(lubavitch.com) Though the arrivals hall at JFK is no stranger to emotional reunions, a unique meeting on Wednesday brought more than the usual bevy of reporters and onlookers.
Bronislaw Firuta arrived from Poland on one of the busiest travel days of the year. There to greet him was Joseph Bonder. Though the two men, now in their 80s, hadn’t seen each other in 64 years, it was recognition at first sight.
Bonder was only 13 when he and his sister Joan were hidden by Firuta in Ostra Mogila, Poland. It was 1942, the height of Nazi imperialism. The siblings spent the next two years shuffling between the attic above and the shack behind the Firuta home.
“We never stayed in the house,” Bonder recalls. “The attic and the shack were open; they could make the excuse that we came in on our own. It was a big risk they were taking.”
That heroism was recognized by the Jewish Foundation for the Righteous, a New York-based organization dedicated to supporting and preserving the legacy of gentiles who risked their lives to save Jewish people during the Holocaust. The Foundation sponsored this reunion trip.
Though they have maintained a relationship via written correspondence and telephone conversations, the pair hasn’t seen each other in over six decades. It is “more exciting than anything else,” said Bonder late Wednesday. “He was really righteous and generous. He was always on my mind.”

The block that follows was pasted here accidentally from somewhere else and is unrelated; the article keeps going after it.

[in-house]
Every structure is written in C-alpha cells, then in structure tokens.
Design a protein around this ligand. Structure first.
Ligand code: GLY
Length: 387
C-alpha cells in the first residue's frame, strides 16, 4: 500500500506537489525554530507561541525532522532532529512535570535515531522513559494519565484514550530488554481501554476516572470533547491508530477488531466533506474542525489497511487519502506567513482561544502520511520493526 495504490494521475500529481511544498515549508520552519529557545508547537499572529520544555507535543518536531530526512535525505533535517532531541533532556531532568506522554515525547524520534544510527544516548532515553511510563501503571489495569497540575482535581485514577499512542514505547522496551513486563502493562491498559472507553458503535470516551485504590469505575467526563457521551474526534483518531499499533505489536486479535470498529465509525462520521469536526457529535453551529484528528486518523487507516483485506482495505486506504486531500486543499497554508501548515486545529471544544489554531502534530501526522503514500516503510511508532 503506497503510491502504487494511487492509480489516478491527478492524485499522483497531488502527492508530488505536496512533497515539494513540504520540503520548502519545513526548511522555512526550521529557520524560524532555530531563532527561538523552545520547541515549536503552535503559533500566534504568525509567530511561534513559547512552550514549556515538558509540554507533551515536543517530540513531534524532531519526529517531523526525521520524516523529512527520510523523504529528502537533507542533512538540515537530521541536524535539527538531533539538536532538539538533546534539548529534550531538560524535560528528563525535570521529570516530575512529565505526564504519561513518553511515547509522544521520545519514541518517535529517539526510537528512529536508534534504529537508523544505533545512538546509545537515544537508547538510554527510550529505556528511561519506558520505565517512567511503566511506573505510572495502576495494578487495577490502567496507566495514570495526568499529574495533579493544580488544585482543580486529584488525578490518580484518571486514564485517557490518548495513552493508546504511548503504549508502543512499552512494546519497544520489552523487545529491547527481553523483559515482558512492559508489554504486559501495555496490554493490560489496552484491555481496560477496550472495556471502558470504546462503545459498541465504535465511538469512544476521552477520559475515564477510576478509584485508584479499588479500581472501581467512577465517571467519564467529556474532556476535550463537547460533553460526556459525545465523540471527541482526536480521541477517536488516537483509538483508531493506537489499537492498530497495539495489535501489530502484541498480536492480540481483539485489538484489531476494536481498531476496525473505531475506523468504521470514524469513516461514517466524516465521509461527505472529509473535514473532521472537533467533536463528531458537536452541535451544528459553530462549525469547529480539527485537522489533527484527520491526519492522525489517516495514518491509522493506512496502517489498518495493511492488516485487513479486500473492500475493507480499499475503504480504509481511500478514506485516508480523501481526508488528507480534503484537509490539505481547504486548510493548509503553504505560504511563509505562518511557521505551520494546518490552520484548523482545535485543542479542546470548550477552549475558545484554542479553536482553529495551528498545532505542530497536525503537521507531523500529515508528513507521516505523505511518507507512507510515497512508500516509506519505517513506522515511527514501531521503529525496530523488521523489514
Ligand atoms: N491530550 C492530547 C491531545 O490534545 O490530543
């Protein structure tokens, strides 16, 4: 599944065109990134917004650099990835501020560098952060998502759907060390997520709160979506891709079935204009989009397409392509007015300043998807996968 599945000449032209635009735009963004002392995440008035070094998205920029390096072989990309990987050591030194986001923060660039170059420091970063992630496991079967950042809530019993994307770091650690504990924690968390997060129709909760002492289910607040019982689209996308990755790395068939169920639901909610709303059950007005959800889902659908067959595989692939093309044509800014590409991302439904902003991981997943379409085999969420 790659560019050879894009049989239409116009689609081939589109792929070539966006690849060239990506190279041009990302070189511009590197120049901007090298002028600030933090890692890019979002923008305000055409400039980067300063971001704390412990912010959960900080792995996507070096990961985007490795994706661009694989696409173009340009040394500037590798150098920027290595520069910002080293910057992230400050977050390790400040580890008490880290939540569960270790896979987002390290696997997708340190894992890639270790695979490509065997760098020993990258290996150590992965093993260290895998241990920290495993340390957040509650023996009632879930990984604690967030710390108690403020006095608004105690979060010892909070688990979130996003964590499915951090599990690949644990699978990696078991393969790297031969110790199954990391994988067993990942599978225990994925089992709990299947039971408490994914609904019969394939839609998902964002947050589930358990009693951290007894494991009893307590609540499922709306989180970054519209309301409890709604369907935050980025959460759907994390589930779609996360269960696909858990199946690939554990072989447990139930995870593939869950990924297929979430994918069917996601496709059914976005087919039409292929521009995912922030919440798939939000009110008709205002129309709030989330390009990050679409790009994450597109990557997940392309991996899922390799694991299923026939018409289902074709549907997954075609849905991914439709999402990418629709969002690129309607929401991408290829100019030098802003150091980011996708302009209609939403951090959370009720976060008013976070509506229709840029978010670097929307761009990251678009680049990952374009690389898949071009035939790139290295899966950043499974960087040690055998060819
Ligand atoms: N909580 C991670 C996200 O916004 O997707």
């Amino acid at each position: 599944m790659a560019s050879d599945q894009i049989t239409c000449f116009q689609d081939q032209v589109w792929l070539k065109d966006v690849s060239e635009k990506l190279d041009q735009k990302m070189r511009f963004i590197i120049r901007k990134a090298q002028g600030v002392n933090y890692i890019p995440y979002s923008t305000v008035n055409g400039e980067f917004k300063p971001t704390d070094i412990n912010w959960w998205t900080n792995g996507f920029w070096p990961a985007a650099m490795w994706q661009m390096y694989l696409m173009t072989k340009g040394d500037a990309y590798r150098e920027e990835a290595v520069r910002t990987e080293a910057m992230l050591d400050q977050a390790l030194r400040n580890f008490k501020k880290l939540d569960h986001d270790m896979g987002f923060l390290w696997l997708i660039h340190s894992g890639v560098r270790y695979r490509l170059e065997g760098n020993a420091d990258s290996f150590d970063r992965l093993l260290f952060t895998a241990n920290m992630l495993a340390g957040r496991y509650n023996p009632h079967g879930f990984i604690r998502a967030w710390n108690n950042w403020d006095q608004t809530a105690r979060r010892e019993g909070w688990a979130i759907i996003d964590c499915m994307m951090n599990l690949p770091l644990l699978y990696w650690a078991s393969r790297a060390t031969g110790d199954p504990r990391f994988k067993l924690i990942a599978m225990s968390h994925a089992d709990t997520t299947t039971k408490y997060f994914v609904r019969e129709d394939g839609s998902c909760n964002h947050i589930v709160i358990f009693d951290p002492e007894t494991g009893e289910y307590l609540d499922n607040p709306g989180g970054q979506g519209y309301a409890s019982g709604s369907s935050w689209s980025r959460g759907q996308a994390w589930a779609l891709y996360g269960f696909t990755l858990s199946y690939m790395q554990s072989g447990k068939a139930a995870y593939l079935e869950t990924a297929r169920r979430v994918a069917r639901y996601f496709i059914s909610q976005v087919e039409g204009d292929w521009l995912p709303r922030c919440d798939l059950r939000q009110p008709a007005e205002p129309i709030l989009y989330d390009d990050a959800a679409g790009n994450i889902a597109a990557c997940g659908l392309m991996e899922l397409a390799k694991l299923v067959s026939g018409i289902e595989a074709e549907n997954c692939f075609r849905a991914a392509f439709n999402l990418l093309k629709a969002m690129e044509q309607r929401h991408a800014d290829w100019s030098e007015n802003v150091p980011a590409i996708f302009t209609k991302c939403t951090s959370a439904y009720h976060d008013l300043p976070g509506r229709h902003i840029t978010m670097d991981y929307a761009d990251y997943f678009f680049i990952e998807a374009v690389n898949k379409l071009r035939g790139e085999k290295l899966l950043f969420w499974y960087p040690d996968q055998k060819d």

Together with Bonder were his wife, children, and grandchildren. His rabbi from Monroe Township, New Jersey, was also at the emotional reunion.
“How can I not be a part of such a big celebration in his life?” Rabbi Eliezer Zaklikovsky, director of the Chabad Jewish Center of Monroe, told lubavitch.com. The meeting, he said, proves that even in the darkest of times, there were reasons to be thankful.
“This is someone who is not Jewish, who risked his life to save Jewish people. He is one of the truly righteous gentiles. It was very emotional to see.”
Bonder is an active member of his local Jewish community and vice-president of the Monroe Holocaust Survivors Group. Because of Firuta, Bonder “was able to produce a family of children and grandchildren,” said the group’s president, Jack Chevlin in an interview with lubavitch.com. “I wish we had many more people like that who could have done so for other Jewish people.” Chevlin himself was rescued by gentiles during the Holocaust.
Firuta’s U.S. visit comes in the wake of his wife’s recent death and the destruction of his home shortly after. For his part, Bonder plans to assist Firuta in any way he can. “Helping Jews then, what he did for me, was very risky. Financial help has no risk, so I have to. I’m sure I will do something for him.”
The two have a lot of catching up to do. During his whirlwind six-day trip, Firuta will stay at the Bonder home. A two-day New York City tour is planned.
On the agenda is visits with Bonder’s children, who have heard stories of their father’s rescue. He hopes that in the future, they too will keep in touch with his Polish savior. “They know he saved my life. They know well.”